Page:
Photo by Joel Saget/AFP/Getty Images.
Your ice cold cola is slated to get a very minor makeover as PepsiCo and Coca-Cola tweak the recipes of one of the ingredients in their soft drinks to meet a new California health regulation.
The Associated Press reports that the beverage giants are changing how they produce the caramel coloring used in their sodas in order to reduce the amount of ammonia sulfite, a carcinogen that has been linked to cancer in animals by consumer advocates.
The cola makers say the changes have already been made to those soft drinks sold in California—where a state law requires any beverage containing a certain level of the carcinogen to come with a cancer warning label—and will soon be rolled out nationally to streamline the production process.
The soft drink industry is stressing that the move was designed to avoid putting a potentially sales-hurting warning label on cans and bottles, and says it was not done as a result of the health concerns, which a Coca-Cola spokesman called "scientifically unfounded."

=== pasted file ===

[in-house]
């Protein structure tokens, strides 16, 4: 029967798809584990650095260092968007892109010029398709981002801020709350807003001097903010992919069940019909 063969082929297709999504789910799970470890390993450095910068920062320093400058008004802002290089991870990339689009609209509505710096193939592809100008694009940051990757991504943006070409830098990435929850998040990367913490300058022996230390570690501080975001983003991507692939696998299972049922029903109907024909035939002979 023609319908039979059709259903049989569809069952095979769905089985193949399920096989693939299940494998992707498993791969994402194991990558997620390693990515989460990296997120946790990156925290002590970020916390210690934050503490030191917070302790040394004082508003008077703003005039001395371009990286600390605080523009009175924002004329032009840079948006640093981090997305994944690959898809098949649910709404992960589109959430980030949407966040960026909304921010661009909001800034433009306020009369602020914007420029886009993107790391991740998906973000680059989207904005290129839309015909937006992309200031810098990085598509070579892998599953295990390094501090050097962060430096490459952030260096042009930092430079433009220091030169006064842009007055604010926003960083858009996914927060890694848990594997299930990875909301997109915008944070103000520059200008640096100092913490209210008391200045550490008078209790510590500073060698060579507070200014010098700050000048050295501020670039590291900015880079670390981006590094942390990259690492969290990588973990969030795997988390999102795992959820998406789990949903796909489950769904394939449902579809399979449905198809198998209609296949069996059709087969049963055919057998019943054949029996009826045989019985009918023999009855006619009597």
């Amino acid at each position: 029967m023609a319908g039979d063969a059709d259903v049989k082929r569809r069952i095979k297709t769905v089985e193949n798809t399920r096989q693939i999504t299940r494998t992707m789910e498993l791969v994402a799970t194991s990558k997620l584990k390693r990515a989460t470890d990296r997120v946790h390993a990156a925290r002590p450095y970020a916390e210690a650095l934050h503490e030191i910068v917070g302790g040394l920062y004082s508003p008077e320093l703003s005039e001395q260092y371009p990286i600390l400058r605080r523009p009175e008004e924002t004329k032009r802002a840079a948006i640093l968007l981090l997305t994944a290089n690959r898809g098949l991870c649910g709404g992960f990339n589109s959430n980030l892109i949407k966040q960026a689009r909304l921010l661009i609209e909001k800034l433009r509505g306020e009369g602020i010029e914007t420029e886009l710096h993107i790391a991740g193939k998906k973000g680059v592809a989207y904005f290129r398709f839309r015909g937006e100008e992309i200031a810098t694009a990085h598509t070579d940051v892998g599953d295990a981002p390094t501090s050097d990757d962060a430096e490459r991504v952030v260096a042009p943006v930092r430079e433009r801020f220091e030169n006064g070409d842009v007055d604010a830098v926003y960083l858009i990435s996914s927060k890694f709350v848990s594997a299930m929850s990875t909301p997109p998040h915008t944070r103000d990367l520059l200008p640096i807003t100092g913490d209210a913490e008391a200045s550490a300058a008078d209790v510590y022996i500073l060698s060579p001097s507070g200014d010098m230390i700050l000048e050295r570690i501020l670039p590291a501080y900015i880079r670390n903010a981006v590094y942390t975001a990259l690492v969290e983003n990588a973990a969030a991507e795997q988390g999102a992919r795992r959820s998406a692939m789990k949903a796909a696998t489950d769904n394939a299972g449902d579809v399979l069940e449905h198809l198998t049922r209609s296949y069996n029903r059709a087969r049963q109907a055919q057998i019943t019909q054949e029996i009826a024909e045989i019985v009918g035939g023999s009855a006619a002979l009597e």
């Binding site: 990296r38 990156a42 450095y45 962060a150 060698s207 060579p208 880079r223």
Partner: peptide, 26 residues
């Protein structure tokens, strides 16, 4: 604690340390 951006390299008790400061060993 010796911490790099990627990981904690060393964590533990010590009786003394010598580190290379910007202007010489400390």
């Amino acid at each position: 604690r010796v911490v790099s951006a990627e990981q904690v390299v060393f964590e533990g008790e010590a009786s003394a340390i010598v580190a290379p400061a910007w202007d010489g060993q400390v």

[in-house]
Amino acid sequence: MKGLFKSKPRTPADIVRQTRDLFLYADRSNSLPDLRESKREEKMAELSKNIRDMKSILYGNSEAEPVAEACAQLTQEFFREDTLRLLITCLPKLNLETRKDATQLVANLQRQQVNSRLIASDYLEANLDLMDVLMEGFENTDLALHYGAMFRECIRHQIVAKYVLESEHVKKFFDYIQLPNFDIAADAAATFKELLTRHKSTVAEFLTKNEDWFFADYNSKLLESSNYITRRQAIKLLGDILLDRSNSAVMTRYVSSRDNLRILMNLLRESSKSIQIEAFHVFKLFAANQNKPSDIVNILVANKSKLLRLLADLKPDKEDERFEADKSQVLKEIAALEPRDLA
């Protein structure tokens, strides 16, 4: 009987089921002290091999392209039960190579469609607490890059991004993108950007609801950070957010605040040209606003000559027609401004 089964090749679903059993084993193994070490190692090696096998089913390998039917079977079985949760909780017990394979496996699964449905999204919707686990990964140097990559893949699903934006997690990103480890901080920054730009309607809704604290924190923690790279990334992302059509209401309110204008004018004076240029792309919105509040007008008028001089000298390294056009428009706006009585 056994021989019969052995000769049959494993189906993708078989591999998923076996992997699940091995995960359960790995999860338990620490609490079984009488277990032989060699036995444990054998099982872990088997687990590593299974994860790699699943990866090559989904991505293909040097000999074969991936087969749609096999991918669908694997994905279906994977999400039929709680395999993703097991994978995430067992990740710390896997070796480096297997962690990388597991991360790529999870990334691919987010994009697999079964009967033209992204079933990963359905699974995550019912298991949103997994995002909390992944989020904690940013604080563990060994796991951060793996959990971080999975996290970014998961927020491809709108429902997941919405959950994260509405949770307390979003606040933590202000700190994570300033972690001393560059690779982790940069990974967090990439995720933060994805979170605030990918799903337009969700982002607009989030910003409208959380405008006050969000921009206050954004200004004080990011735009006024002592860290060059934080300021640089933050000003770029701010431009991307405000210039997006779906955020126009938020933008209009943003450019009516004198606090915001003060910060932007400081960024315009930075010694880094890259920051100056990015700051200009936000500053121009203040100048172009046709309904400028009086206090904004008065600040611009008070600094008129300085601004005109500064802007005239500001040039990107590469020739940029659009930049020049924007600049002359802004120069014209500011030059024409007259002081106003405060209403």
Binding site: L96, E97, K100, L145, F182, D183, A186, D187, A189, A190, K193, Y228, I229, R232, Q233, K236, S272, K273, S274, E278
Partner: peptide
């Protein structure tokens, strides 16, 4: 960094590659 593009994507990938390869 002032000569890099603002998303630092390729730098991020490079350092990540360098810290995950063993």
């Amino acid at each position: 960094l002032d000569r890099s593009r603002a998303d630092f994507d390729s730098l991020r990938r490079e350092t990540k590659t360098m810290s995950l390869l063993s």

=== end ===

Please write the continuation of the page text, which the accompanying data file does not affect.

For its part, the FDA says that the chemical is only dangerous in huge quantities and even the biggest cola lovers likely have nothing to fear. "A consumer would have to consume well over a thousand cans of soda a day to reach the doses administered in the studies that have shown links to cancer in rodents," the federal agency said in a statement.
The American Beverage Association, which represents both companies, said soda consumers won’t notice any difference in the taste once the change goes into effect.
Clarification: An earlier headline for this post suggested that the cola makers were changing their soft drink recipes. In reality, Coca-Cola and Pepsi are making a change to how one of the ingredients in their recipes is made.